Isaac is the only patriarch whose name was not changed. The Bible treats him primarily as Abraham's son or the father of Jacob and Esau. He was the first ancestor of the Israelites to be circumcised on his eighth day in accordance with God's command (Gn. 17:12). At an unspecified age he was taken to be sacrificed in order to test Abraham's faithfulness; however, Isaac himself did little except ask why his father had not brought an animal for the offering. His later marriage to Rebecca, a cousin, was arranged by Abraham and provided comfort to Isaac after his mother's death. In his old age, Isaac was deceived into giving Jacob the blessing intended for the older Esau.
Isaac's only independent actions are found in Genesis 26, in which he tells King Abimelech that Rebecca is his sister, a story reminiscent of one told twice about Sarah and Abraham. The same chapter mentions his involvement in agricultural activities and his resolution of a dispute over water rights between his shepherds and those of Abimelech. Isaac died at the age of 180 and was buried alongside Rebecca at Machpelah.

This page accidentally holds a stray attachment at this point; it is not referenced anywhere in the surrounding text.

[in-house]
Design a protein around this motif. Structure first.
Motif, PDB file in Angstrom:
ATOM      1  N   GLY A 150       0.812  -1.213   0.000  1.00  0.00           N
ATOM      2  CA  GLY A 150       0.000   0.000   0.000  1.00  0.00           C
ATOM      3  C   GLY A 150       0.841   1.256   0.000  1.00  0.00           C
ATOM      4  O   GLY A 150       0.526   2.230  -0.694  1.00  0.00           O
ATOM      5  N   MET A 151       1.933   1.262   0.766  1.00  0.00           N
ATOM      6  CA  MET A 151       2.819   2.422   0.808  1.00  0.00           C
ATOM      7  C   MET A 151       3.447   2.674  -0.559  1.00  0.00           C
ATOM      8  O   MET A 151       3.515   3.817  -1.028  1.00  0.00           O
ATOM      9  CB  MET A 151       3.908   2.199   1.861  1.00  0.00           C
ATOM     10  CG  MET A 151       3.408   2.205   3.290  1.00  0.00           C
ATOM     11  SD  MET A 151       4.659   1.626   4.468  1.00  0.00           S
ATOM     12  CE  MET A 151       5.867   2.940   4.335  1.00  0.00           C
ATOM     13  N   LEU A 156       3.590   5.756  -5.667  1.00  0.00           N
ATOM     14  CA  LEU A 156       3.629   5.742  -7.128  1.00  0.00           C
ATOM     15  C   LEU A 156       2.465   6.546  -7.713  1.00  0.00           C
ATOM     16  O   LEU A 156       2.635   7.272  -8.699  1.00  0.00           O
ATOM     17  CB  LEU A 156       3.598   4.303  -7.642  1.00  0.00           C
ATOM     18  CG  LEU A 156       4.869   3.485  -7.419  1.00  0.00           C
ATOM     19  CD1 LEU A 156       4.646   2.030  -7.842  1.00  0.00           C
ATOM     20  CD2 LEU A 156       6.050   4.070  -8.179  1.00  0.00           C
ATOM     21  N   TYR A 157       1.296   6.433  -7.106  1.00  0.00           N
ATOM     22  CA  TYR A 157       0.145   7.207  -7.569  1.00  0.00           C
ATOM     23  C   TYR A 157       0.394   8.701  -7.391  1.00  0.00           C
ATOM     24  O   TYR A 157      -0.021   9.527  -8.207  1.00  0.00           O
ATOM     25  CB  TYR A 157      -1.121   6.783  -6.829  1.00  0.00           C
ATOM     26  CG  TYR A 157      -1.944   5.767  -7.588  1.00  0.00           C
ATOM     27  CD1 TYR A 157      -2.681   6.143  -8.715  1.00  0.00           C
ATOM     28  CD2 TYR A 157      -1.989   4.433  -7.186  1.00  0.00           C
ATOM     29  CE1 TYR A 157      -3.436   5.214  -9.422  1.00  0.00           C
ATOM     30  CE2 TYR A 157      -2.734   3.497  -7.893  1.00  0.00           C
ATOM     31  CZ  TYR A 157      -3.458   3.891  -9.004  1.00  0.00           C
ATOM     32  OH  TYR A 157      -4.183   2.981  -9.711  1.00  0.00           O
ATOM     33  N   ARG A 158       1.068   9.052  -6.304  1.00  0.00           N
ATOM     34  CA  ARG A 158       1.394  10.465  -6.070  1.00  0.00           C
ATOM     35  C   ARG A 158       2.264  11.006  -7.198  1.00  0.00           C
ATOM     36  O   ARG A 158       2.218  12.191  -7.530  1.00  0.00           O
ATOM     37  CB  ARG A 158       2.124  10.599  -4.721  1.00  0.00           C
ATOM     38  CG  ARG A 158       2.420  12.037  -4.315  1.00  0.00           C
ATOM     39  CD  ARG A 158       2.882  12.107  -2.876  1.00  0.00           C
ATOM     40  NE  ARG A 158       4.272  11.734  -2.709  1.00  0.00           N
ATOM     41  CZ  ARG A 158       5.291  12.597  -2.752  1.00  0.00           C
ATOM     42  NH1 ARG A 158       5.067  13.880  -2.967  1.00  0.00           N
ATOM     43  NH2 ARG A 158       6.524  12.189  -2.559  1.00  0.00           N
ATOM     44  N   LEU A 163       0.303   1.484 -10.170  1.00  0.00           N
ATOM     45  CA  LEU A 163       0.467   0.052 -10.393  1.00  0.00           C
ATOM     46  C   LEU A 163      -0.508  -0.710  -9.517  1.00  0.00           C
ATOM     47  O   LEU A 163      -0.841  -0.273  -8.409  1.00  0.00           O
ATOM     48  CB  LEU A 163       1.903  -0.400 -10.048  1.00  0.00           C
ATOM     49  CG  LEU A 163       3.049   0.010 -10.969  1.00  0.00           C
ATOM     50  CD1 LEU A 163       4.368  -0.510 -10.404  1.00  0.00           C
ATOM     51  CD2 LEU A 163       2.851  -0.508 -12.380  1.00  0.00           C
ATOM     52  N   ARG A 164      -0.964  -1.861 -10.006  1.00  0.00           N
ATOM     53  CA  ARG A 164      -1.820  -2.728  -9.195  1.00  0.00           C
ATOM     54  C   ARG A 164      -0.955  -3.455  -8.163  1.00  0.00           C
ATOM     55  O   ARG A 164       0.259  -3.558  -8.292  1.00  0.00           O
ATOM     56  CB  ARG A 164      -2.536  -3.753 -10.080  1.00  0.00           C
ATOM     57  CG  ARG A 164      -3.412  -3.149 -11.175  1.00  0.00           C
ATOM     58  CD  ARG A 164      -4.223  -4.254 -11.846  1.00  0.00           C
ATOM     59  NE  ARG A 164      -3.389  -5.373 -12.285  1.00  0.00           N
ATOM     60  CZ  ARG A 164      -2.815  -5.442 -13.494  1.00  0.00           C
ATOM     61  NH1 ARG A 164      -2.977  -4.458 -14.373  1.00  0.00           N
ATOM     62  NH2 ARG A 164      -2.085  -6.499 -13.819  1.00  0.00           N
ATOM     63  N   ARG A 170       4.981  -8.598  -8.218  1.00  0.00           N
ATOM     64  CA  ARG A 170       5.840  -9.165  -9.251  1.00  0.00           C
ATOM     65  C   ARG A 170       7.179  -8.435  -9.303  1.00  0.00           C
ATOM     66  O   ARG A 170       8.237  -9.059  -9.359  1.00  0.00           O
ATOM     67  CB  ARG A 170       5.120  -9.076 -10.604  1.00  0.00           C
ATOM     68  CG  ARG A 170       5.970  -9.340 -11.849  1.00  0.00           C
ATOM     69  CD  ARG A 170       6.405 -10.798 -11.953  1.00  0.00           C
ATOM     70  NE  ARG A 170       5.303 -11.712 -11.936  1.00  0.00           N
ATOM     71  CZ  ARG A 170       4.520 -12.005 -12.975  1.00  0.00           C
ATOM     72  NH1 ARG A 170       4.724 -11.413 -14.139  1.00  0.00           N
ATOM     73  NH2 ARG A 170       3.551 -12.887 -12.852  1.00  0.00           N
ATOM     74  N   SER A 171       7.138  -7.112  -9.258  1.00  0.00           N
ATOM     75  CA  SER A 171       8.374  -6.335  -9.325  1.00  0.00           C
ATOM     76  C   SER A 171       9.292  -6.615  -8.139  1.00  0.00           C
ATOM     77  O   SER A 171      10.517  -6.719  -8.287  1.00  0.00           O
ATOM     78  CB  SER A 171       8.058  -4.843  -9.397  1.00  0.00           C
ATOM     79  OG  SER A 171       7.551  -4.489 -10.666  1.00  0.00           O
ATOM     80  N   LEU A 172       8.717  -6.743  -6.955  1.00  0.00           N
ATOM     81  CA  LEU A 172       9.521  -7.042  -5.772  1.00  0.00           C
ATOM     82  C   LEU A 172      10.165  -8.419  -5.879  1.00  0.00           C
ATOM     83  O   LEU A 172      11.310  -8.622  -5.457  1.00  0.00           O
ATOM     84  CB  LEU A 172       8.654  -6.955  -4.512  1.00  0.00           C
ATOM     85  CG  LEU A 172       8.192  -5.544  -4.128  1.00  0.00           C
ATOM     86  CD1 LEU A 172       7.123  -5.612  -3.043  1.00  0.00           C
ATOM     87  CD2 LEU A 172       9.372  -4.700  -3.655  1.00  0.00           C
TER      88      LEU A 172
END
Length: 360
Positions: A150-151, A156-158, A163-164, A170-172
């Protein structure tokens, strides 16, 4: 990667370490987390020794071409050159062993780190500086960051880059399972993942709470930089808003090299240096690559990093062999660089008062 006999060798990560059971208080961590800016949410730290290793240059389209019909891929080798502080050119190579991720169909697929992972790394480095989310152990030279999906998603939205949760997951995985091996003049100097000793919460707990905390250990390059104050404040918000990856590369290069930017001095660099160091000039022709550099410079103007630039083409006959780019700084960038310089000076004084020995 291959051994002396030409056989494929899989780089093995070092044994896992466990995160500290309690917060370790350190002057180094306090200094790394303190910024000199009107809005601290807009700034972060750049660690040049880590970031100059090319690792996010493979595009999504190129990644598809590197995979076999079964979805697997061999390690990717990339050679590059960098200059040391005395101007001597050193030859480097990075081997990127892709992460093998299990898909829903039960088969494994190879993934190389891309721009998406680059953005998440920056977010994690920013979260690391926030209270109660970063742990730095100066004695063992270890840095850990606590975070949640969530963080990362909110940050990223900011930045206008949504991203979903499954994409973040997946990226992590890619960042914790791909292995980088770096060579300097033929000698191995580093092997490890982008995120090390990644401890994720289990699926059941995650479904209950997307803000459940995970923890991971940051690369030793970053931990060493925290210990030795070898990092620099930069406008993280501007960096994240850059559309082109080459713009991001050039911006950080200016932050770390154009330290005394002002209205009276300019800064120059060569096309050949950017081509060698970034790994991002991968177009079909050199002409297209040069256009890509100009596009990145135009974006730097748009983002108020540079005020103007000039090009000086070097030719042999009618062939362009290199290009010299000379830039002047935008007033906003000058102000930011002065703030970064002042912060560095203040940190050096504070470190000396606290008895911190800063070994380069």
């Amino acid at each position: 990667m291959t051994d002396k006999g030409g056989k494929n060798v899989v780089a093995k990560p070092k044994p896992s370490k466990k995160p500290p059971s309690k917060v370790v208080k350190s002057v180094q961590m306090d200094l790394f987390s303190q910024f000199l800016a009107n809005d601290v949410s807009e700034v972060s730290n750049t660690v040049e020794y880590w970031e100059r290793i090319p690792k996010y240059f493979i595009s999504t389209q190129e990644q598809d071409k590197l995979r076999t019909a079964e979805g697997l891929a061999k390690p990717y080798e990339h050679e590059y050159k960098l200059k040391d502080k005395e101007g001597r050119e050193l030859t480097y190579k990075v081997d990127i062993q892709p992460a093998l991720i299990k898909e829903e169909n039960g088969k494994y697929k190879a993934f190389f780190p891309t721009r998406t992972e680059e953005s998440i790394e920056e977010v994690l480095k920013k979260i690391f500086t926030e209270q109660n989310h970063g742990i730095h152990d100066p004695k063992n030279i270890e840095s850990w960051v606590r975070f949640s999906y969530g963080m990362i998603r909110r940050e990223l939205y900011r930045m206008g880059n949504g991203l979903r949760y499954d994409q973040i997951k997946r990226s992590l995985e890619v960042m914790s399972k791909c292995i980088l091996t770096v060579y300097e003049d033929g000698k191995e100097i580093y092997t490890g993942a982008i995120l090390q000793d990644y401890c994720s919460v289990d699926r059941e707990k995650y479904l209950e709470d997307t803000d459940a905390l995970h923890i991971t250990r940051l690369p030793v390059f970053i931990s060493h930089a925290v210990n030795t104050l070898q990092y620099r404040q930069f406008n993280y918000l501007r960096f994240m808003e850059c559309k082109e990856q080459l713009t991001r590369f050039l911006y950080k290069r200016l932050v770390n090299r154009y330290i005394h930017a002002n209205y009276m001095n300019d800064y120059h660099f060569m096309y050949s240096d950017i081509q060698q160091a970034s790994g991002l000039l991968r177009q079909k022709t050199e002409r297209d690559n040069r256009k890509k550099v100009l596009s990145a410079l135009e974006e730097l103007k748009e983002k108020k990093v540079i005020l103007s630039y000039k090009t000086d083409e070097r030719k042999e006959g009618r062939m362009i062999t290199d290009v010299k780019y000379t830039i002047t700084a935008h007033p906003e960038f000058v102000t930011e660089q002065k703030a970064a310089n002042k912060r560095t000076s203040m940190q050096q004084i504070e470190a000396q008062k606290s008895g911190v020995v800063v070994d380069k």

Postbiblical Jewish interpretations focus largely on the story of Abraham's intended sacrifice of Isaac, called the ʿaqedah ("binding"), and often elaborate his role beyond the biblical description. According to one version he actually died and was then revived. Christian tradition, perhaps attested as early as the writings of Paul (Rom. 8:32), views this incident as prefiguring the Crucifixion. Paul contrasted Isaac, representing Christianity, with Ishmael, the rejected older son who symbolizes Judaism (Gal. 4:21–30).